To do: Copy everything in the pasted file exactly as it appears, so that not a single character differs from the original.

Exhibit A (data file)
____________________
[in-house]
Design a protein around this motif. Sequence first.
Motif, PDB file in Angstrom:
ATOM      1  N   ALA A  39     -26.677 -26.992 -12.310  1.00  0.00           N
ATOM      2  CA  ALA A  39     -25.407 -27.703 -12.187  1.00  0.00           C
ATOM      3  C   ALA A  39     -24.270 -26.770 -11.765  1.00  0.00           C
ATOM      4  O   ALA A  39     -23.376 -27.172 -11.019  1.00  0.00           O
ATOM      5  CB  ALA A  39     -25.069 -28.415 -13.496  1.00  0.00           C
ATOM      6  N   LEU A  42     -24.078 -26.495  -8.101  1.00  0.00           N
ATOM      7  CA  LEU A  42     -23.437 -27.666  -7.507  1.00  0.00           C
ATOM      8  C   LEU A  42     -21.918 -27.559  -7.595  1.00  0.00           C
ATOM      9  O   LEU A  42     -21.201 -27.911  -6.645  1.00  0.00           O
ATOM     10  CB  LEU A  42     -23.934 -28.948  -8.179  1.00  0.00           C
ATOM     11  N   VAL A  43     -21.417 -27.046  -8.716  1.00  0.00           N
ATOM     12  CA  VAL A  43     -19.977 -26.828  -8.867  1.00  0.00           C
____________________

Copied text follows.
[in-house]
Design a protein around this motif. Sequence first.
Motif, PDB file in Angstrom:
ATOM      1  N   ALA A  39     -26.677 -26.992 -12.310  1.00  0.00           N
ATOM      2  CA  ALA A  39     -25.407 -27.703 -12.187  1.00  0.00           C
ATOM      3  C   ALA A  39     -24.270 -26.770 -11.765  1.00  0.00           C
ATOM      4  O   ALA A  39     -23.376 -27.172 -11.019  1.00  0.00           O
ATOM      5  CB  ALA A  39     -25.069 -28.415 -13.496  1.00  0.00           C
ATOM      6  N   LEU A  42     -24.078 -26.495  -8.101  1.00  0.00           N
ATOM      7  CA  LEU A  42     -23.437 -27.666  -7.507  1.00  0.00           C
ATOM      8  C   LEU A  42     -21.918 -27.559  -7.595  1.00  0.00           C
ATOM      9  O   LEU A  42     -21.201 -27.911  -6.645  1.00  0.00           O
ATOM     10  CB  LEU A  42     -23.934 -28.948  -8.179  1.00  0.00           C
ATOM     11  N   VAL A  43     -21.417 -27.046  -8.716  1.00  0.00           N
ATOM     12  CA  VAL A  43     -19.977 -26.828  -8.867  1.00  0.00           C